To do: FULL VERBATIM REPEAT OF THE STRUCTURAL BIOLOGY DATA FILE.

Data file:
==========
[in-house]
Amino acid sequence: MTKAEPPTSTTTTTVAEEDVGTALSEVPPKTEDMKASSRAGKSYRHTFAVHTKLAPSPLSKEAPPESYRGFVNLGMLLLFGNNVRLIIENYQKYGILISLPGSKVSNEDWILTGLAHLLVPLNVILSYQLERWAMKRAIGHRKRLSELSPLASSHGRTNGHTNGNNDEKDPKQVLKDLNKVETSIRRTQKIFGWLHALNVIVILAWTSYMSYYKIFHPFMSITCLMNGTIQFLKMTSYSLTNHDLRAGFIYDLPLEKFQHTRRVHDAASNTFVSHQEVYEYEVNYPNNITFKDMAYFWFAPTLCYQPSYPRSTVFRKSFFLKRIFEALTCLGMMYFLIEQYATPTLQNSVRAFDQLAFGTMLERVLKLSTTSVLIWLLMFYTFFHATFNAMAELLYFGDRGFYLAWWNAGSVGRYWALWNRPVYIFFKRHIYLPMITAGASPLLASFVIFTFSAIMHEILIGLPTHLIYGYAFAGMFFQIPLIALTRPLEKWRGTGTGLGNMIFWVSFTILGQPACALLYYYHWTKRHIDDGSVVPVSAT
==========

[in-house]
Amino acid sequence: MTKAEPPTSTTTTTVAEEDVGTALSEVPPKTEDMKASSRAGKSYRHTFAVHTKLAPSPLSKEAPPESYRGFVNLGMLLLFGNNVRLIIENYQKYGILISLPGSKVSNEDWILTGLAHLLVPLNVILSYQLERWAMKRAIGHRKRLSELSPLASSHGRTNGHTNGNNDEKDPKQVLKDLNKVETSIRRTQKIFGWLHALNVIVILAWTSYMSYYKIFHPFMSITCLMNGTIQFLKMTSYSLTNHDLRAGFIYDLPLEKFQHTRRVHDAASNTFVSHQEVYEYEVNYPNNITFKDMAYFWFAPTLCYQPSYPRSTVFRKSFFLKRIFEALTCLGMMYFLIEQYATPTLQNSVRAFDQLAFGTMLERVLKLSTTSVLIWLLMFYTFFHATFNAMAELLYFGDRGFYLAWWNAGSVGRYWALWNRPVYIFFKRHIYLPMITAGASPLLASFVIFTFSAIMHEILIGLPTHLIYGYAFAGMFFQIPLIALTRPLEKWRGTGTGLGNMIFWVSFTILGQPACALLYYYHWTKRHIDDGSVVPVSAT